• The adjustable bridge and adjustable tending device, taut system during rope walk ascent and limb walking.
  • Using the secondary as a lanyard in cinched configuration for rope walking a questioned anchor.
  • Getting on rope and the sequence to prevent errors.
  • Where to attach a knee ascender. Short explanation on rope walking, foot goes to knee and knee goes to the HHxf, keep everything below the HHxf.  Straight up and down, no balance, floating SAKA uses all the leg muscles.



Setting the first support point
 Basically 3 scenarios

  • In my opinion the ends of our climbing lines are the most functional and versatile yet most people place their anchors and support/suspension points in the middle and leave the ends on the ground. This can lead to initial high points in the weakest parts of the canopy because of the difficulty in advancing them.
  • Define support/suspension point vs anchor and anchor termination, (The location on a climbing line where load tension terminates. A climbing line has two ends and a midline.  The ‘functional’ end of the climbing line is where the anchor is and the tension from the load terminates.)
  • Scenario 1
    The support/suspension point and anchor height are less than half the length of your climbing line. In other words, your rope has gone up-and-over and come back down and you still have rope laying on the ground next to you.
  • Scenario 2.
    The support/suspension point and anchor height are equal to half the length of your climbing line. In other words, one end of your line has gone up and come back down and now you just have both ends touching the ground.
  • Scenario 3.
    The support/suspension point and anchor height are greater than half the length of your climbing line. In other words, one end of your climbing line has gone up and started coming back down but does not reach the ground when the opposite end Is about to leave the ground.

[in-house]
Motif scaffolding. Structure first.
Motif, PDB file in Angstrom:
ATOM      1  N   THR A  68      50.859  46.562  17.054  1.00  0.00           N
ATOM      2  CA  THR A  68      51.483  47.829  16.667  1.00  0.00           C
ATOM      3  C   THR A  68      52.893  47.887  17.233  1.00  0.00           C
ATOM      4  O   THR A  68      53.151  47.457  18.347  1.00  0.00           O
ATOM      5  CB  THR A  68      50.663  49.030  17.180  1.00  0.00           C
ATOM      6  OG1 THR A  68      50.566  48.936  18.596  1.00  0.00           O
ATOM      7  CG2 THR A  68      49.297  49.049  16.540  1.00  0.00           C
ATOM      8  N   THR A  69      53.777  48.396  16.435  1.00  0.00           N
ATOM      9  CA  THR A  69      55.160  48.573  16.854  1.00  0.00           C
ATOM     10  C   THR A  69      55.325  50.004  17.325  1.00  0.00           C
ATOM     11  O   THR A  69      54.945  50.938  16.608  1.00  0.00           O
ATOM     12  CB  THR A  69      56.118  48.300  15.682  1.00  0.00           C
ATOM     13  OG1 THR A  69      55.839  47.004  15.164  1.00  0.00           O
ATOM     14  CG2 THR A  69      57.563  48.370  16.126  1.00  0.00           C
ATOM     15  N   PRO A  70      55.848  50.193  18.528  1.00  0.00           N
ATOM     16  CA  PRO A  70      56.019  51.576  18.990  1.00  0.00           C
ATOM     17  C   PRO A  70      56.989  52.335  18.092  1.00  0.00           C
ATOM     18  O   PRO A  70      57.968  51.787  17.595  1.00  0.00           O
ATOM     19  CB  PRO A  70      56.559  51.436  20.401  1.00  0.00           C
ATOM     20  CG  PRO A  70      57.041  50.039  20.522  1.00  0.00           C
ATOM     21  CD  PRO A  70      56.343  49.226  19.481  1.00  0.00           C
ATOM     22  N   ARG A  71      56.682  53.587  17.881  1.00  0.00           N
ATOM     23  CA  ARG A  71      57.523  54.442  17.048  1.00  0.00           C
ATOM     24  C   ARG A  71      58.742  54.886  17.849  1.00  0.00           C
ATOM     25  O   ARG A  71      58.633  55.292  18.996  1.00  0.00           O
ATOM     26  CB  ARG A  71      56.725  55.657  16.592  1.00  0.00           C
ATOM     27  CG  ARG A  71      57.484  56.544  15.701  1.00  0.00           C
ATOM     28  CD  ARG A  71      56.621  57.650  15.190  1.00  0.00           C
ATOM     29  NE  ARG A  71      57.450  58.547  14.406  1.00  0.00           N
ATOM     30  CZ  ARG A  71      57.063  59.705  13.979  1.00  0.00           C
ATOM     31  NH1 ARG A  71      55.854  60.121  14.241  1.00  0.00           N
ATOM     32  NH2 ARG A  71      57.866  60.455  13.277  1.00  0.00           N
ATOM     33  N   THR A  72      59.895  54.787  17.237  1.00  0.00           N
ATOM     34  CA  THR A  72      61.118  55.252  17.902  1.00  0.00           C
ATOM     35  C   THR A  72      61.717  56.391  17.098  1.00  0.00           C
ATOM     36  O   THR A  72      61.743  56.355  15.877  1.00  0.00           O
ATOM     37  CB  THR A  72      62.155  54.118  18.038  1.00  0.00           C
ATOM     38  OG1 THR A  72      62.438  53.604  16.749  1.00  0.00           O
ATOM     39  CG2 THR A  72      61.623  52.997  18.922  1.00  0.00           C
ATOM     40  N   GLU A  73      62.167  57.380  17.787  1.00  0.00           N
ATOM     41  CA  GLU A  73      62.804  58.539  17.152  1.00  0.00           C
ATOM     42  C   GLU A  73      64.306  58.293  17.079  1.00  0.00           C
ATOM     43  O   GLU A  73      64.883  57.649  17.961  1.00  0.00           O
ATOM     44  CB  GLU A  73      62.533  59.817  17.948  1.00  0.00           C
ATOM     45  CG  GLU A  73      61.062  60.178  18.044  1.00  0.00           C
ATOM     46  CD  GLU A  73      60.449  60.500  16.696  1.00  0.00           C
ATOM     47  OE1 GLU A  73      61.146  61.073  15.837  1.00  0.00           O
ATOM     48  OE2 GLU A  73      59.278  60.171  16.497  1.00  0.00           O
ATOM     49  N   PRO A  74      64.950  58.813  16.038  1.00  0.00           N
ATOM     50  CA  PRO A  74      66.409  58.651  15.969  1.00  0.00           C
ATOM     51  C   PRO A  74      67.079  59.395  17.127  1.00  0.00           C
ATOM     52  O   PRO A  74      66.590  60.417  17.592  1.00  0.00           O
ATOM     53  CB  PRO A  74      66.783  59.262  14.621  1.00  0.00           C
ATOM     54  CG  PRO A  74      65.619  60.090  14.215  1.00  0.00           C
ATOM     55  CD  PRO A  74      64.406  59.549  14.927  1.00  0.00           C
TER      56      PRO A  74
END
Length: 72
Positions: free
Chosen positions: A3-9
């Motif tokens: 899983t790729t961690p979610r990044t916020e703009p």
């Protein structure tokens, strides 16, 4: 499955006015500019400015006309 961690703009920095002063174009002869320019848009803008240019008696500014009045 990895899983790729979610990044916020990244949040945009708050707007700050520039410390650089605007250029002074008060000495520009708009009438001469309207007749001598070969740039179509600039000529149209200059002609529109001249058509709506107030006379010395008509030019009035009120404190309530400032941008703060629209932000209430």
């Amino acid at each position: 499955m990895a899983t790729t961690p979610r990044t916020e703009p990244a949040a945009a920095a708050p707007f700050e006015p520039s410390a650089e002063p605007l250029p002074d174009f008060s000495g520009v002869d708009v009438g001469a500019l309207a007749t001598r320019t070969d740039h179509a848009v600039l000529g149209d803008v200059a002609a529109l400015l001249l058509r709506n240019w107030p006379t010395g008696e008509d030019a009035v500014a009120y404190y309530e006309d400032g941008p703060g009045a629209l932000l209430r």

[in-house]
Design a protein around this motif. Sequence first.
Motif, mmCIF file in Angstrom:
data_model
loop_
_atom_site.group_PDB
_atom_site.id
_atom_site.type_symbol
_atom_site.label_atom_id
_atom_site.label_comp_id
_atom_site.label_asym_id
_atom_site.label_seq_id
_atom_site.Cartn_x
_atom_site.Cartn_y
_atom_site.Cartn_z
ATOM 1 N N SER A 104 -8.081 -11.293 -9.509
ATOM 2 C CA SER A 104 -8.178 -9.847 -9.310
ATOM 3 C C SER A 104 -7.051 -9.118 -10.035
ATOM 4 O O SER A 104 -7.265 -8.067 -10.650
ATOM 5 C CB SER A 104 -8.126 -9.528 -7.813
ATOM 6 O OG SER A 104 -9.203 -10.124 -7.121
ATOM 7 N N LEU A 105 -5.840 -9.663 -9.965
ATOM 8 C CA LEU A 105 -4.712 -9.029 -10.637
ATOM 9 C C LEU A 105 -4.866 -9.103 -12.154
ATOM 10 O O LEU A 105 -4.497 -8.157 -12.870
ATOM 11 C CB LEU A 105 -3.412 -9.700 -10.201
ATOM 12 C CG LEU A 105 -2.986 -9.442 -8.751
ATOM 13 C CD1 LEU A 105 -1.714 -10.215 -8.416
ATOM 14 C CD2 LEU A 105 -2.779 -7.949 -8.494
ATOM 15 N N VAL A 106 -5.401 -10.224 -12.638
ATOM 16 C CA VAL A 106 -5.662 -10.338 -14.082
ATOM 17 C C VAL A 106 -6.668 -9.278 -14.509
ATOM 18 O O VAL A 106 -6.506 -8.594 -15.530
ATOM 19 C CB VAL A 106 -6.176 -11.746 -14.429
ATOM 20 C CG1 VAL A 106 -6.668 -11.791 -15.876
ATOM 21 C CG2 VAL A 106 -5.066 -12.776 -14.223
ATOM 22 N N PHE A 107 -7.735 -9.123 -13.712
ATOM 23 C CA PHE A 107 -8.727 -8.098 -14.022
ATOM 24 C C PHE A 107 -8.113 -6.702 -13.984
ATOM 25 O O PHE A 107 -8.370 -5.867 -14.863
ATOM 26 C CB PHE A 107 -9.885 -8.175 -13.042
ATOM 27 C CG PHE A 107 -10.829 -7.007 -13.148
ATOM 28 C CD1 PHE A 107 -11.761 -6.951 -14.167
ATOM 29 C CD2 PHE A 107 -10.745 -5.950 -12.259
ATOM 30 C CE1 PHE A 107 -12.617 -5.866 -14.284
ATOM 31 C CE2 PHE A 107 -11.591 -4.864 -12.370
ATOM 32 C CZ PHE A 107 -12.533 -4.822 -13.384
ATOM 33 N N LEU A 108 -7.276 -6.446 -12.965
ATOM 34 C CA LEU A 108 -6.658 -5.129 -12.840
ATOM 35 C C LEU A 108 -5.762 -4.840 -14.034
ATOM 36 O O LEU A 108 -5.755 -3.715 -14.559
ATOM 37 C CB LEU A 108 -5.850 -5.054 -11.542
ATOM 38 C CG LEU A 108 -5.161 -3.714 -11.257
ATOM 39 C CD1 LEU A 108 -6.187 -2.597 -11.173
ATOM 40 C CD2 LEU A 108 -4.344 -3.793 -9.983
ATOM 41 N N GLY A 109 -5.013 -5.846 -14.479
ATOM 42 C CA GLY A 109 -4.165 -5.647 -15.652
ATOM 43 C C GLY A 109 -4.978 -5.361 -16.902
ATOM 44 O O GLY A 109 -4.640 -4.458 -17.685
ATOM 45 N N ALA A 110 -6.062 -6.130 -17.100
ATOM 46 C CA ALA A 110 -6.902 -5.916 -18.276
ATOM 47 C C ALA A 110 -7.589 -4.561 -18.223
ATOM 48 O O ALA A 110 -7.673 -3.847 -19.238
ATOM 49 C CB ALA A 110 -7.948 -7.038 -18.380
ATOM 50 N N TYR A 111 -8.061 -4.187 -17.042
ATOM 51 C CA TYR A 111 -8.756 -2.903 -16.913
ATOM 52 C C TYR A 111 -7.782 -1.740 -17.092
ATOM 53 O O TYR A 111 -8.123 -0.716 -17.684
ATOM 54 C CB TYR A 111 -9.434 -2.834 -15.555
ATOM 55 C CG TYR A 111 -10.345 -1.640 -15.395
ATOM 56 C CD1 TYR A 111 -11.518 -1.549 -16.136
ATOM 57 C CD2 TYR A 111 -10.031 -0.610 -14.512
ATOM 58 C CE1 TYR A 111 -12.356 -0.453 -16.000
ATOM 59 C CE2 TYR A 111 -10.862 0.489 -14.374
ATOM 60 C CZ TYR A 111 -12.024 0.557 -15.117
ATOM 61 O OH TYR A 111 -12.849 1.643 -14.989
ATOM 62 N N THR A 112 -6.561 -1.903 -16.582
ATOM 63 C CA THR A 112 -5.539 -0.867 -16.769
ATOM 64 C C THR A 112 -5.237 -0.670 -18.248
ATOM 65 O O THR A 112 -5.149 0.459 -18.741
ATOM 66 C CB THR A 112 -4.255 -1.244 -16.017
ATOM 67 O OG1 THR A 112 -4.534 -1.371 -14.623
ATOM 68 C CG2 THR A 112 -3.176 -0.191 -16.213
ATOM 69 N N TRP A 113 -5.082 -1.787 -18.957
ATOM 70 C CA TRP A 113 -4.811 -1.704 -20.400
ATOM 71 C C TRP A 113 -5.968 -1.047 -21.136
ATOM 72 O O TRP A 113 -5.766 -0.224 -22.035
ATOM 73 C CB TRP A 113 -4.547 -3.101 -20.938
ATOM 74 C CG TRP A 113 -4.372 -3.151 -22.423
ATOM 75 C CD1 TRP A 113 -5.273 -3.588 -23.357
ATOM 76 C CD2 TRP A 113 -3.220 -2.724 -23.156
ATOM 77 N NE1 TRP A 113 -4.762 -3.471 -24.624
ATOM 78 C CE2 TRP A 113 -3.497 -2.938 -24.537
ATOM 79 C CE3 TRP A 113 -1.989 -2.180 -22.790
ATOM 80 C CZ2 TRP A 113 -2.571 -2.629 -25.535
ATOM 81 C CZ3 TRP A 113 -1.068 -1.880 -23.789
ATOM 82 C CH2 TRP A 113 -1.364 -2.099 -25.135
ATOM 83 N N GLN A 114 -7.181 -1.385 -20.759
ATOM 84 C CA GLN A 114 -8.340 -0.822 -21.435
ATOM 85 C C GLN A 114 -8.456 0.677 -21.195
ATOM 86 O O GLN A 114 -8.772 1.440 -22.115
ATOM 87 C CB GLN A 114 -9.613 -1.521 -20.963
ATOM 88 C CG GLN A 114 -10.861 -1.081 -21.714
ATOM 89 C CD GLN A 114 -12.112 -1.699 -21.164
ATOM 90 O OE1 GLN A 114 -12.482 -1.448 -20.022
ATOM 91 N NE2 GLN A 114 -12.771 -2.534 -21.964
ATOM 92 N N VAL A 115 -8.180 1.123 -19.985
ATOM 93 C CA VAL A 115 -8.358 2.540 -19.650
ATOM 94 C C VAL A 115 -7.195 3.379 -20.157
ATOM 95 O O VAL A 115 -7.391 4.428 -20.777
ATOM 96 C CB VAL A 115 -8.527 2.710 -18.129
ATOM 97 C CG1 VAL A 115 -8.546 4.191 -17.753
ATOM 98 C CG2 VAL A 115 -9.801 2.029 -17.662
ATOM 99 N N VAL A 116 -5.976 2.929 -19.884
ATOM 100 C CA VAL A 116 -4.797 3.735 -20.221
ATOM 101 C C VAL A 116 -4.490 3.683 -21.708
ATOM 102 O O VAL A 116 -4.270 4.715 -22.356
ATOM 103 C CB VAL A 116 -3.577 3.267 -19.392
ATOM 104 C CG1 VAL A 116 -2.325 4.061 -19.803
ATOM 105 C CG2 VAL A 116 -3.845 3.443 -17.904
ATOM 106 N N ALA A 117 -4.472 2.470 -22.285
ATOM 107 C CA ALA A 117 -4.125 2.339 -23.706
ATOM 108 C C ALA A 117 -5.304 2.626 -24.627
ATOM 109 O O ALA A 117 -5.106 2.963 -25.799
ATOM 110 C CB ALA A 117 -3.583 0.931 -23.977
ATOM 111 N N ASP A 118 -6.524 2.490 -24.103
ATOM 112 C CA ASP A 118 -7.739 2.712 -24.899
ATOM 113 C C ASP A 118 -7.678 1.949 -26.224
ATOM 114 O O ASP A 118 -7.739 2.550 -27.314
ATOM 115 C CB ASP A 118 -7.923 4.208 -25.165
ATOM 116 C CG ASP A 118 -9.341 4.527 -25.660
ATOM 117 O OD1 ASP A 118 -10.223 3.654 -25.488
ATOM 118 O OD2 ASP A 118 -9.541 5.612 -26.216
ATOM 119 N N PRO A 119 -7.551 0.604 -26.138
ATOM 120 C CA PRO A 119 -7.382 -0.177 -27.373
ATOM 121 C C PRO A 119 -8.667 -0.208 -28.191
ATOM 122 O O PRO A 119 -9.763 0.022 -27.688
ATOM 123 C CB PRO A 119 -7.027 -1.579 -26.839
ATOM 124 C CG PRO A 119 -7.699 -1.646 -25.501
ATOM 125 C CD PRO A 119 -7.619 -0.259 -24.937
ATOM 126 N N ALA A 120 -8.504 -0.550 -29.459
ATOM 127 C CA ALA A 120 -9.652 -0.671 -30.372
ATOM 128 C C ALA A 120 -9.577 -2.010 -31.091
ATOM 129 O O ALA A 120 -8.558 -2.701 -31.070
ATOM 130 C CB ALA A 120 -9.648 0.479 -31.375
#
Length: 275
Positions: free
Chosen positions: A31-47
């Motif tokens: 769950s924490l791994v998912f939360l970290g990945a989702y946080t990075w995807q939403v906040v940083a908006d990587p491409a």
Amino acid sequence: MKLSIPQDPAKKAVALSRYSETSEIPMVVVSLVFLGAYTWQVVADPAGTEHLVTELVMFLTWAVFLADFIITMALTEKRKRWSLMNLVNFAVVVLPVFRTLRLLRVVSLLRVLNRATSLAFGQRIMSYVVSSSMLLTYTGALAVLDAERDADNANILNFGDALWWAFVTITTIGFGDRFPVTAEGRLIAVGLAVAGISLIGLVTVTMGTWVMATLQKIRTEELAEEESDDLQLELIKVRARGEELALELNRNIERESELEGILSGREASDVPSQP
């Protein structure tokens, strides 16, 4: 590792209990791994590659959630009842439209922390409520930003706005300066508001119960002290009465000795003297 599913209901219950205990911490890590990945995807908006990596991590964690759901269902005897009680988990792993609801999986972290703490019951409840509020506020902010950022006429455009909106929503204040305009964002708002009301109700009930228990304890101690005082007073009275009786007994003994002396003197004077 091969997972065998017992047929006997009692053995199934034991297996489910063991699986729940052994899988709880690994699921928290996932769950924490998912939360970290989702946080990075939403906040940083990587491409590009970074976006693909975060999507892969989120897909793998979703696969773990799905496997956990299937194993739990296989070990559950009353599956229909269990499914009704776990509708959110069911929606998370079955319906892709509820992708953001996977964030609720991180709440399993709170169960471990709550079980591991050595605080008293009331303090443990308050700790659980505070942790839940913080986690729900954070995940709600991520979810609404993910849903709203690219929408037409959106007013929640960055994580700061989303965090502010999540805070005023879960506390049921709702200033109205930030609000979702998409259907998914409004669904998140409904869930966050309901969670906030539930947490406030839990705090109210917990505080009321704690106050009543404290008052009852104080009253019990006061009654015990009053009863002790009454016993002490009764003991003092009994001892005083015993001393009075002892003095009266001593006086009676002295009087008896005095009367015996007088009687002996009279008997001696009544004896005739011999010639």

Options when sending up your anchor.

  • Anchor choices, AP Butterfly, Running APB, other knots, screw link, Quickie, Carabiner, others.
  • Just send up the anchor and it won’t be retrievable from the ground. Your ability to manipulate it is also hindered. May be appropriate for arial rescue.
  • Send up the anchor with the retrieval line tied in a monkey fist or in a small bag.
  • Depending on the height, attach the tail to the anchor with a life support connection.
  • Consider attaching your secondary system and sending it up.
  • Consider using your secondary system on ascent or lanyard cinched for sketchy support/suspension points.

Additional notes or thoughts when setting support/suspension points.

  • “But a base anchor gives me backups and I don’t have to isolate”.
  • It also potentially doubles the load at your support/suspension point, makes your anchor vulnerable to ground contact, and the back side of your climbing system vulnerable to damage.
  • Recognizes as well that your fall to the backup will be twice the distance.
  • Because the support/suspension point is more difficult to advance or to move there is a temptation to set it higher, in a weaker part of the tree, without good visibility for inspection.
  • Crown or canopy anchors need not be isolated from the ground and are easily advanced or moved or isolated once in a tree.
  • Load and force considerations should be appropriate for the structure used.

Testing the support/suspension

  • Slip knot to slip knot, two person sustained load or tied-off lanyard with single load.